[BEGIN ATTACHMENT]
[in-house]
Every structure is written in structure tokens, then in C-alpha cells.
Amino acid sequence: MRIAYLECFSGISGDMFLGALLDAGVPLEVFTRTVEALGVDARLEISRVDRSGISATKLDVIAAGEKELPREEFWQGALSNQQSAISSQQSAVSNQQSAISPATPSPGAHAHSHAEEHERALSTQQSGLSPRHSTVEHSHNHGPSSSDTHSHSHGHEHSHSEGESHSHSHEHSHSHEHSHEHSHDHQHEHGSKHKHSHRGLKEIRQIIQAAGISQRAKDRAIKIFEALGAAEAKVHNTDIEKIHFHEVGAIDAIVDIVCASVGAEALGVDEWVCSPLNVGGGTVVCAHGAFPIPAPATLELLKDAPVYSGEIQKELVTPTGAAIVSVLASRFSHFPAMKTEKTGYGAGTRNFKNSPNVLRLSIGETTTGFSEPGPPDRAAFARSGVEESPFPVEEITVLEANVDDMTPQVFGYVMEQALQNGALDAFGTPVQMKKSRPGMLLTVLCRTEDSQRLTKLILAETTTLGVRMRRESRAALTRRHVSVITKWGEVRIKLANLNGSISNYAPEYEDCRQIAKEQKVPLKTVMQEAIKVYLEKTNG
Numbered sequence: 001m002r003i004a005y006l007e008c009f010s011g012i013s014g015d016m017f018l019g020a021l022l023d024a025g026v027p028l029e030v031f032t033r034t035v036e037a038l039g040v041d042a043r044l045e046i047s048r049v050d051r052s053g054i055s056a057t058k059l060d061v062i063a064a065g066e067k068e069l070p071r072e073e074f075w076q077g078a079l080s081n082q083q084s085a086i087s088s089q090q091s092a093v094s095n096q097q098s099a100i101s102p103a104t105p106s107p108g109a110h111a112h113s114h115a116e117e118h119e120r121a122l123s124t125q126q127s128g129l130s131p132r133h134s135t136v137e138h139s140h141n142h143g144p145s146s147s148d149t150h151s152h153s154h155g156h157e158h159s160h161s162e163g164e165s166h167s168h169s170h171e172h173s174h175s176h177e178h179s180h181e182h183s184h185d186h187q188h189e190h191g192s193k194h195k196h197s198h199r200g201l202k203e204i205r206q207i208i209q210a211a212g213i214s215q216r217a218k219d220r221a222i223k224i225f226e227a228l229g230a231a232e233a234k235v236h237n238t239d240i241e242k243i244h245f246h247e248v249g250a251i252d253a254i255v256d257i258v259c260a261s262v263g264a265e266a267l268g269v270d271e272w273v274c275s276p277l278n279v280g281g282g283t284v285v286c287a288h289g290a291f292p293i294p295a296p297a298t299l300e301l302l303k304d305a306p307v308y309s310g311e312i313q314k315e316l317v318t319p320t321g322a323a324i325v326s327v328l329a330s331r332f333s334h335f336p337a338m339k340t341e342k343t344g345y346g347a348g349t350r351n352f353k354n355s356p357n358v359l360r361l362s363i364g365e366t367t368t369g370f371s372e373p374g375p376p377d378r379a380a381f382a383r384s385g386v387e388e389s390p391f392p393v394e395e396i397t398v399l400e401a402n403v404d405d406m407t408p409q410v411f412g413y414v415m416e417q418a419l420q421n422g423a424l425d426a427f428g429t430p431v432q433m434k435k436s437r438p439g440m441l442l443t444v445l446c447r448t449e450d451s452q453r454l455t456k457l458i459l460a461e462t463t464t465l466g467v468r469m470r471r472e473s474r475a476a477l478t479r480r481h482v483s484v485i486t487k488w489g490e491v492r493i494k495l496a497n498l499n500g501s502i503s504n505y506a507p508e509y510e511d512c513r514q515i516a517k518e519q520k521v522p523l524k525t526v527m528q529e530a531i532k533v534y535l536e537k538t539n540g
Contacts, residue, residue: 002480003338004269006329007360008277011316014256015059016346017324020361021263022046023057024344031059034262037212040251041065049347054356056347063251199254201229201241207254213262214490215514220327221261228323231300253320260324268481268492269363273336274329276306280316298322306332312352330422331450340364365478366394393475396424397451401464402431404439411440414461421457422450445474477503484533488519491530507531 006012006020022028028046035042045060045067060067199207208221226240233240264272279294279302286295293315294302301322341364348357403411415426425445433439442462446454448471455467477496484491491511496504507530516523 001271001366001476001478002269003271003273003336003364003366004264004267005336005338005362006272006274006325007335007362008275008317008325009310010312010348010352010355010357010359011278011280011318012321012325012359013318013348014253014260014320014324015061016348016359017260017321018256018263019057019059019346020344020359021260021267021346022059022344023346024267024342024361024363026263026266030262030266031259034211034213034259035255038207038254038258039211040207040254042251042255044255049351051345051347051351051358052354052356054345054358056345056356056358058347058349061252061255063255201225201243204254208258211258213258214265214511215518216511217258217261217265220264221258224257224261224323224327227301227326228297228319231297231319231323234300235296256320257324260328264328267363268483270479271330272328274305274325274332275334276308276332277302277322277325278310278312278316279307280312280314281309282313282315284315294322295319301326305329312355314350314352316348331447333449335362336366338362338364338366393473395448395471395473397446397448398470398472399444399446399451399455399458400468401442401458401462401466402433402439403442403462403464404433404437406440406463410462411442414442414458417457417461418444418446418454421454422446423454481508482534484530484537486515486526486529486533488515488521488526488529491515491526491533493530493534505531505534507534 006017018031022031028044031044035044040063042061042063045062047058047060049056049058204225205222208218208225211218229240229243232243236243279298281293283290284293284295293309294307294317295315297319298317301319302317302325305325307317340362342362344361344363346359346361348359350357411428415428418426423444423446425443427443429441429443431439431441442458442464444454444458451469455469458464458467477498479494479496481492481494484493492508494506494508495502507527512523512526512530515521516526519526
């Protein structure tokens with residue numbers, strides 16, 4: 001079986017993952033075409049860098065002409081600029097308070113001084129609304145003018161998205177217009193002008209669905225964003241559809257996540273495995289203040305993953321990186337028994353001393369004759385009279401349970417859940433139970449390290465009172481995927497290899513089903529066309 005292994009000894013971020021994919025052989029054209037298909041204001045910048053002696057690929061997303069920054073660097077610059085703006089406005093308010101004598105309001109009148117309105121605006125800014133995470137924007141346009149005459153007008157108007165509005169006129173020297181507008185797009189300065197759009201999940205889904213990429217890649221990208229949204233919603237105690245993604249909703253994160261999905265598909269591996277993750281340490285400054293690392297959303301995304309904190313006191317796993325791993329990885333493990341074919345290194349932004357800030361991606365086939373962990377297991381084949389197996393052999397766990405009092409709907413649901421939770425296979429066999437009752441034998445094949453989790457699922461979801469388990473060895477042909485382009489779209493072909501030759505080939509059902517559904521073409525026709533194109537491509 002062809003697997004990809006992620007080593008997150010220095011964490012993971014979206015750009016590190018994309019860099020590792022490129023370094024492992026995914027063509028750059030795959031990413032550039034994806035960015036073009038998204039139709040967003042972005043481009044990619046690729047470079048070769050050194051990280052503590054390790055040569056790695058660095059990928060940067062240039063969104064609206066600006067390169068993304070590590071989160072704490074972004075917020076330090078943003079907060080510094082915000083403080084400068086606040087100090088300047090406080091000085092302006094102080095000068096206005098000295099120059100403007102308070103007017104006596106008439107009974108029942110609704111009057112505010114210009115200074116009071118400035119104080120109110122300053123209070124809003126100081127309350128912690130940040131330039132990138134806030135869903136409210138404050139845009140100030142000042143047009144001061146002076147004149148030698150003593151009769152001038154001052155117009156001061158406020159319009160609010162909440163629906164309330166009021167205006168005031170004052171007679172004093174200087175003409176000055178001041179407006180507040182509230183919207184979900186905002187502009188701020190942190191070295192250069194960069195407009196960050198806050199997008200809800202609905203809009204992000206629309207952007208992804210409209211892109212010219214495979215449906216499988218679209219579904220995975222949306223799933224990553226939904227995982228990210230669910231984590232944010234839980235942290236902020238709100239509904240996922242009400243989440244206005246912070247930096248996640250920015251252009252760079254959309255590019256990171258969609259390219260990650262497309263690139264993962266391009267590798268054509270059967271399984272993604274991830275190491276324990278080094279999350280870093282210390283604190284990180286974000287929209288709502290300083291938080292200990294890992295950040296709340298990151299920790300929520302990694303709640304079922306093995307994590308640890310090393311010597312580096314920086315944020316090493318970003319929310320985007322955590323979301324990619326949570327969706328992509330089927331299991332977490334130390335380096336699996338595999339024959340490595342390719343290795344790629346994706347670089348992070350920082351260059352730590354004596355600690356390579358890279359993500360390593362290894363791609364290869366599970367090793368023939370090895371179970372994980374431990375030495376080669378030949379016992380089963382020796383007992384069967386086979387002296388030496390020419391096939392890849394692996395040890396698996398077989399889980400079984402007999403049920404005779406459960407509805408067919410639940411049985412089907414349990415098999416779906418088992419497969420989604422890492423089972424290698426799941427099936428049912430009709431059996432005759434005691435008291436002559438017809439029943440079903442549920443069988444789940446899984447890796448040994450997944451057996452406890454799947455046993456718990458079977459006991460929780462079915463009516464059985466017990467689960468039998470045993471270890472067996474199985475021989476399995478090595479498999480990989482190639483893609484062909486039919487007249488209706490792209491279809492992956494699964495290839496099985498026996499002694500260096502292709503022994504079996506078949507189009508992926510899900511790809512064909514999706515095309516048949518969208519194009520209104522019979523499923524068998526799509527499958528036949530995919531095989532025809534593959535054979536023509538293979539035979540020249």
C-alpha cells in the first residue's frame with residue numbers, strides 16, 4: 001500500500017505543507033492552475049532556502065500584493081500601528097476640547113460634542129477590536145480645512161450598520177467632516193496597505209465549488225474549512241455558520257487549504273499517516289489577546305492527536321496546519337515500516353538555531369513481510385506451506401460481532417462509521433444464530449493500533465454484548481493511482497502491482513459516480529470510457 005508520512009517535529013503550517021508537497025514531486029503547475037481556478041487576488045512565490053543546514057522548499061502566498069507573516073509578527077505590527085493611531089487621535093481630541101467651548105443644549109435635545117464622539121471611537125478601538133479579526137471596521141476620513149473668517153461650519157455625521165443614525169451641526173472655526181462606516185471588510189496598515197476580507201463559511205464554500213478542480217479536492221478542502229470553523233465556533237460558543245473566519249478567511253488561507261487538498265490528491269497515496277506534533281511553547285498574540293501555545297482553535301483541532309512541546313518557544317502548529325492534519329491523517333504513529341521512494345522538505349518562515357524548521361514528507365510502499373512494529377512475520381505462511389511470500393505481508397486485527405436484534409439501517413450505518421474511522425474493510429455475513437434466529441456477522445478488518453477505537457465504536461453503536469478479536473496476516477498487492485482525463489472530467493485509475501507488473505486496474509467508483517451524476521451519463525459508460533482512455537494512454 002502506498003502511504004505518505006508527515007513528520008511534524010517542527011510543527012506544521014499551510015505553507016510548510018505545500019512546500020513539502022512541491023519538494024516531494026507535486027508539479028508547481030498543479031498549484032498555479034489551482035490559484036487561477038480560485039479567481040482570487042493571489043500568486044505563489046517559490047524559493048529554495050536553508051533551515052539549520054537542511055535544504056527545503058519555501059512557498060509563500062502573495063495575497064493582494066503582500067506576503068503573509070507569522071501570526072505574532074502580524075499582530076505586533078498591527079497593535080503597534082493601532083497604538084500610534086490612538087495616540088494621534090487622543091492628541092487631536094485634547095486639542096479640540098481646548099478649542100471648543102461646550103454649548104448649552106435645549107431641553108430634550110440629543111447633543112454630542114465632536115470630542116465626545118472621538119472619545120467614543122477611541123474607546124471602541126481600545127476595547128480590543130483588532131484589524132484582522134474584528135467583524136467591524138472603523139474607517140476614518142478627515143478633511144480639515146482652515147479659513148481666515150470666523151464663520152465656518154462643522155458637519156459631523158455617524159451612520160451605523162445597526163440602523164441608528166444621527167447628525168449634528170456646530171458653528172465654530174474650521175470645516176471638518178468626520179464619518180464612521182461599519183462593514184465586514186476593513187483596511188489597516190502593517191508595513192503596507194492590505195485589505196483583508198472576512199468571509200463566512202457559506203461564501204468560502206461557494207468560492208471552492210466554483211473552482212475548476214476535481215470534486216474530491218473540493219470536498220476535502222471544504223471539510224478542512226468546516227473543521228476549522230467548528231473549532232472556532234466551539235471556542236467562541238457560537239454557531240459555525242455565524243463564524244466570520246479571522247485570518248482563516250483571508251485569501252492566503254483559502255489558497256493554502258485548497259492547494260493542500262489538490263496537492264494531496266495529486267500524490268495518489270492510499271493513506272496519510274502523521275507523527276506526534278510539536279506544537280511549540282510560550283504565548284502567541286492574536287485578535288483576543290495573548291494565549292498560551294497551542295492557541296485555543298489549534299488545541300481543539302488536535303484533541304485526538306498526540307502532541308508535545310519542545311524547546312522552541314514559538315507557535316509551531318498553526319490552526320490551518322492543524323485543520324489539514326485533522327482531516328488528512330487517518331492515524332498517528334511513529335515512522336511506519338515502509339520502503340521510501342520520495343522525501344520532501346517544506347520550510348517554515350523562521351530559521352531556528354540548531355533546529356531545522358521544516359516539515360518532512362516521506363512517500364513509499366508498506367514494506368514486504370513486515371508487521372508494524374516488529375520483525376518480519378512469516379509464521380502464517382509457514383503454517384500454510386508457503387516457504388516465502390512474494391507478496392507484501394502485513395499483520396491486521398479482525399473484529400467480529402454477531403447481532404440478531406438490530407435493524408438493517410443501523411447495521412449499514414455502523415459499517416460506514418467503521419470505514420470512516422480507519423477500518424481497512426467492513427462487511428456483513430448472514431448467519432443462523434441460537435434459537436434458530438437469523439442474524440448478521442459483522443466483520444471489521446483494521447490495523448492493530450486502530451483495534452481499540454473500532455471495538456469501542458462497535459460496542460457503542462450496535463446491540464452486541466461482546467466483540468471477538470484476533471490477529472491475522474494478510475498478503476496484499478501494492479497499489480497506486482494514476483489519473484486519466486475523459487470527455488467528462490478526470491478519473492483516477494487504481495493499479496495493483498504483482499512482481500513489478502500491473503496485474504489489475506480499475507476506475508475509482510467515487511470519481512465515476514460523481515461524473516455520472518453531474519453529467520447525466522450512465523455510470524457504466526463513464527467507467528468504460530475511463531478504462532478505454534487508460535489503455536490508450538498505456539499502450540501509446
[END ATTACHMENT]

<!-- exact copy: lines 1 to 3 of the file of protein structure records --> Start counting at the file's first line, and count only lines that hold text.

[in-house]
Every structure is written in structure tokens, then in C-alpha cells.
Amino acid sequence: MRIAYLECFSGISGDMFLGALLDAGVPLEVFTRTVEALGVDARLEISRVDRSGISATKLDVIAAGEKELPREEFWQGALSNQQSAISSQQSAVSNQQSAISPATPSPGAHAHSHAEEHERALSTQQSGLSPRHSTVEHSHNHGPSSSDTHSHSHGHEHSHSEGESHSHSHEHSHSHEHSHEHSHDHQHEHGSKHKHSHRGLKEIRQIIQAAGISQRAKDRAIKIFEALGAAEAKVHNTDIEKIHFHEVGAIDAIVDIVCASVGAEALGVDEWVCSPLNVGGGTVVCAHGAFPIPAPATLELLKDAPVYSGEIQKELVTPTGAAIVSVLASRFSHFPAMKTEKTGYGAGTRNFKNSPNVLRLSIGETTTGFSEPGPPDRAAFARSGVEESPFPVEEITVLEANVDDMTPQVFGYVMEQALQNGALDAFGTPVQMKKSRPGMLLTVLCRTEDSQRLTKLILAETTTLGVRMRRESRAALTRRHVSVITKWGEVRIKLANLNGSISNYAPEYEDCRQIAKEQKVPLKTVMQEAIKVYLEKTNG